A novel covariate search method intended for PKPD models with nonparametric parameter distributions
Paul G. Baverel (1), Radojka M. Savic (1), Scott F. Marshall (2), Mats O. Karlsson (1)
(1) Dept of Pharmaceutical Biosciences, Faculty of Pharmacy, Uppsala University, Uppsala, Sweden; (2) Dept of Pharmacometrics, Pfizer Ltd, Sandwich, United Kingdom
Objectives: To develop a new covariate modeling approach adapted for nonparametric parameter distributions and to evaluate its statistical properties in terms of power and type-I error rate of covariate inclusion.
Methods: The proposed methodology is articulated around the decomposition of the nonparametric joint density obtained in NONMEM into a set of unique individual probability density distributions. These individual probabilities are then exported into R and used as weighting factors of a generalized additive model (GAM) regressing support points on covariate distributions. A calibration of the method is undertaken by means of 1000 randomization tests automated with GAM analyses to derive a decision criterion based on the Akaike’s information criterion (AIC) given the null hypothesis and a user-defined confidence level α. Statistical properties of the proposed methodology were then evaluated through Monte-Carlo simulations with α=5%. Eight scenarios of 1000 stochastic simulations followed by estimations (SSEs) were performed under FOCE-NONP given a 1-compartment PK model and an informative design. Estimates of the statistical power of inclusion of both a continuous and a categorical covariate with varying correlation to CL were obtained with associated estimates of type-I error rate. A comparison was then performed with likelihood ratio test statistics (LRTs) given FOCE parameter distributions. Errors in estimates of correlation coefficients were further assessed.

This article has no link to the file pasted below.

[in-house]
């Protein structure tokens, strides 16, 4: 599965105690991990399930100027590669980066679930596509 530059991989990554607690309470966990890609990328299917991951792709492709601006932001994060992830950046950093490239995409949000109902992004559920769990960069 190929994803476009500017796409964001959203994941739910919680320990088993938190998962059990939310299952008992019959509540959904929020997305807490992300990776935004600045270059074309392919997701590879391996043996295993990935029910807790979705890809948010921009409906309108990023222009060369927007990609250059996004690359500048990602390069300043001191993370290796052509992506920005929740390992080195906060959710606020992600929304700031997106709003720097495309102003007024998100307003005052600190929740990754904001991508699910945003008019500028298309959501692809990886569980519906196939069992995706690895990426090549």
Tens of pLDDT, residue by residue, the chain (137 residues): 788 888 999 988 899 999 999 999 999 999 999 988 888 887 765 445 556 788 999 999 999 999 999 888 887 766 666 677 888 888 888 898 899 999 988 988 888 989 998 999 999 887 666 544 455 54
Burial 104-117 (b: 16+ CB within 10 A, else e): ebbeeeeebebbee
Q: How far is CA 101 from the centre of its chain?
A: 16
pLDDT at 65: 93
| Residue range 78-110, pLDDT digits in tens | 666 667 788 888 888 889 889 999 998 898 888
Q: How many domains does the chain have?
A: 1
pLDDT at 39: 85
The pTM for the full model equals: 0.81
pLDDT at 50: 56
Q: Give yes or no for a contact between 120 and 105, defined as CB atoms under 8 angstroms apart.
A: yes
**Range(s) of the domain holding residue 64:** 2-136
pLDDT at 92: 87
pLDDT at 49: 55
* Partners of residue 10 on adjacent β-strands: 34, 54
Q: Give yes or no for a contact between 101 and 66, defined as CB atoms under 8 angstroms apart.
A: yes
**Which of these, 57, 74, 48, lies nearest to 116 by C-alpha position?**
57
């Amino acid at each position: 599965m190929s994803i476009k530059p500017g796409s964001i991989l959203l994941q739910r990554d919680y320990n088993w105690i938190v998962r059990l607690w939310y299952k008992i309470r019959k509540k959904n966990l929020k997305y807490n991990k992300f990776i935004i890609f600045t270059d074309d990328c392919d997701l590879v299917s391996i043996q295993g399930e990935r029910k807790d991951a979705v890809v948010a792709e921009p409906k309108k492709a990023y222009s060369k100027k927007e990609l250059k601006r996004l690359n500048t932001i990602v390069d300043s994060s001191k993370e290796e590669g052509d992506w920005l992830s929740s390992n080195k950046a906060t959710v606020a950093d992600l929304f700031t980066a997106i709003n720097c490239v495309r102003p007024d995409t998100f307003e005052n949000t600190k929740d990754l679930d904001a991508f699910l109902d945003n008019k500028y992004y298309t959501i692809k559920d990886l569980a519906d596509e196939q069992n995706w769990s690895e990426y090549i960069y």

Results: The methodology was successfully implemented by means of a Perl script calling PsN, NONMEM and R. Estimates of statistical power and type-I error rate of the proposed method were in close agreement with LRT statistics under ideal conditions of hypothesis-testing for the latter, and this, regardless of the correlation strengths and of the nature of the covariate distribution investigated. Estimates of regression coefficients presented negligible bias and were as precise as the ones obtained with parametric models.
Conclusions: The set of covariate analysis tools is extended with a new, calibrated, covariate identification technique intended for nonparametric population models.